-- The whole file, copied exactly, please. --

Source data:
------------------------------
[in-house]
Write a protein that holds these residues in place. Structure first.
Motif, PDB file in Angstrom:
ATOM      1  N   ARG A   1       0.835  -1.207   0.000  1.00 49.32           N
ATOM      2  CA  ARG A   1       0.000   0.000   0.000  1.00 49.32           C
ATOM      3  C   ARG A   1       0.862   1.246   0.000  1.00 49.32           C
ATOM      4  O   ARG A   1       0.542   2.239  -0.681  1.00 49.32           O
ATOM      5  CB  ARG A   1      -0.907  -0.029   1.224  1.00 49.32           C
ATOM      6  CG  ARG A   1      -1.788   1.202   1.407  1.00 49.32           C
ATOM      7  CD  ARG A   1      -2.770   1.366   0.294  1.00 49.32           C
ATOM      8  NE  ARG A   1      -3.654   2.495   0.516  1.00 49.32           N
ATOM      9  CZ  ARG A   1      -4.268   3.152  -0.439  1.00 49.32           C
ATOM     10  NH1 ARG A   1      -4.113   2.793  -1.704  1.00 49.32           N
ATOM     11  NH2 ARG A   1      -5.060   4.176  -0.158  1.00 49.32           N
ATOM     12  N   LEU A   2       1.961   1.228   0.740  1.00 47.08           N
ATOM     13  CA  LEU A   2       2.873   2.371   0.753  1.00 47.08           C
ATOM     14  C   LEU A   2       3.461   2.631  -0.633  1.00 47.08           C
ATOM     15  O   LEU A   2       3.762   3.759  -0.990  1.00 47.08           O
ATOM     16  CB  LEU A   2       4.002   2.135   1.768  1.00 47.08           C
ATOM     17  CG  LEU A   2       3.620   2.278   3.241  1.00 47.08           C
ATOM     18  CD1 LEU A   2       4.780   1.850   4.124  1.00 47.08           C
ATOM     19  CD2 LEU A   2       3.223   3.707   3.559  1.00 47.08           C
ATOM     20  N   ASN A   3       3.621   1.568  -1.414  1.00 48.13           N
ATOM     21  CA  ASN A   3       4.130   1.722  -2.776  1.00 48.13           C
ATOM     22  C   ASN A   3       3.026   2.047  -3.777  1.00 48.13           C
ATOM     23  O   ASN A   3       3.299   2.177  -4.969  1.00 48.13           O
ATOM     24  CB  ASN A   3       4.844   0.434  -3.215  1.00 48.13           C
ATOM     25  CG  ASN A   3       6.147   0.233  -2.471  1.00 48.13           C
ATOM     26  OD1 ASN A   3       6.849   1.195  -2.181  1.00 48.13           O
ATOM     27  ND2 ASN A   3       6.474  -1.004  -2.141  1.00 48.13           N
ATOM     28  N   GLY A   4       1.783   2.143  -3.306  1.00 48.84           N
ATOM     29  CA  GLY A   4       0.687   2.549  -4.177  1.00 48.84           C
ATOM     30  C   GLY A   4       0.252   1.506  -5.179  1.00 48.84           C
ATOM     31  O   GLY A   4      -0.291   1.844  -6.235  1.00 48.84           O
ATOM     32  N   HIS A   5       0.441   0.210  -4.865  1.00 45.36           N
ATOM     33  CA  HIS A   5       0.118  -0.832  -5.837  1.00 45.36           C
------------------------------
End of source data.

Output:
[in-house]
Write a protein that holds these residues in place. Structure first.
Motif, PDB file in Angstrom:
ATOM      1  N   ARG A   1       0.835  -1.207   0.000  1.00 49.32           N
ATOM      2  CA  ARG A   1       0.000   0.000   0.000  1.00 49.32           C
ATOM      3  C   ARG A   1       0.862   1.246   0.000  1.00 49.32           C
ATOM      4  O   ARG A   1       0.542   2.239  -0.681  1.00 49.32           O
ATOM      5  CB  ARG A   1      -0.907  -0.029   1.224  1.00 49.32           C
ATOM      6  CG  ARG A   1      -1.788   1.202   1.407  1.00 49.32           C
ATOM      7  CD  ARG A   1      -2.770   1.366   0.294  1.00 49.32           C
ATOM      8  NE  ARG A   1      -3.654   2.495   0.516  1.00 49.32           N
ATOM      9  CZ  ARG A   1      -4.268   3.152  -0.439  1.00 49.32           C
ATOM     10  NH1 ARG A   1      -4.113   2.793  -1.704  1.00 49.32           N
ATOM     11  NH2 ARG A   1      -5.060   4.176  -0.158  1.00 49.32           N
ATOM     12  N   LEU A   2       1.961   1.228   0.740  1.00 47.08           N
ATOM     13  CA  LEU A   2       2.873   2.371   0.753  1.00 47.08           C
ATOM     14  C   LEU A   2       3.461   2.631  -0.633  1.00 47.08           C
ATOM     15  O   LEU A   2       3.762   3.759  -0.990  1.00 47.08           O
ATOM     16  CB  LEU A   2       4.002   2.135   1.768  1.00 47.08           C
ATOM     17  CG  LEU A   2       3.620   2.278   3.241  1.00 47.08           C
ATOM     18  CD1 LEU A   2       4.780   1.850   4.124  1.00 47.08           C
ATOM     19  CD2 LEU A   2       3.223   3.707   3.559  1.00 47.08           C
ATOM     20  N   ASN A   3       3.621   1.568  -1.414  1.00 48.13           N
ATOM     21  CA  ASN A   3       4.130   1.722  -2.776  1.00 48.13           C
ATOM     22  C   ASN A   3       3.026   2.047  -3.777  1.00 48.13           C
ATOM     23  O   ASN A   3       3.299   2.177  -4.969  1.00 48.13           O
ATOM     24  CB  ASN A   3       4.844   0.434  -3.215  1.00 48.13           C
ATOM     25  CG  ASN A   3       6.147   0.233  -2.471  1.00 48.13           C
ATOM     26  OD1 ASN A   3       6.849   1.195  -2.181  1.00 48.13           O
ATOM     27  ND2 ASN A   3       6.474  -1.004  -2.141  1.00 48.13           N
ATOM     28  N   GLY A   4       1.783   2.143  -3.306  1.00 48.84           N
ATOM     29  CA  GLY A   4       0.687   2.549  -4.177  1.00 48.84           C
ATOM     30  C   GLY A   4       0.252   1.506  -5.179  1.00 48.84           C
ATOM     31  O   GLY A   4      -0.291   1.844  -6.235  1.00 48.84           O
ATOM     32  N   HIS A   5       0.441   0.210  -4.865  1.00 45.36           N
ATOM     33  CA  HIS A   5       0.118  -0.832  -5.837  1.00 45.36           C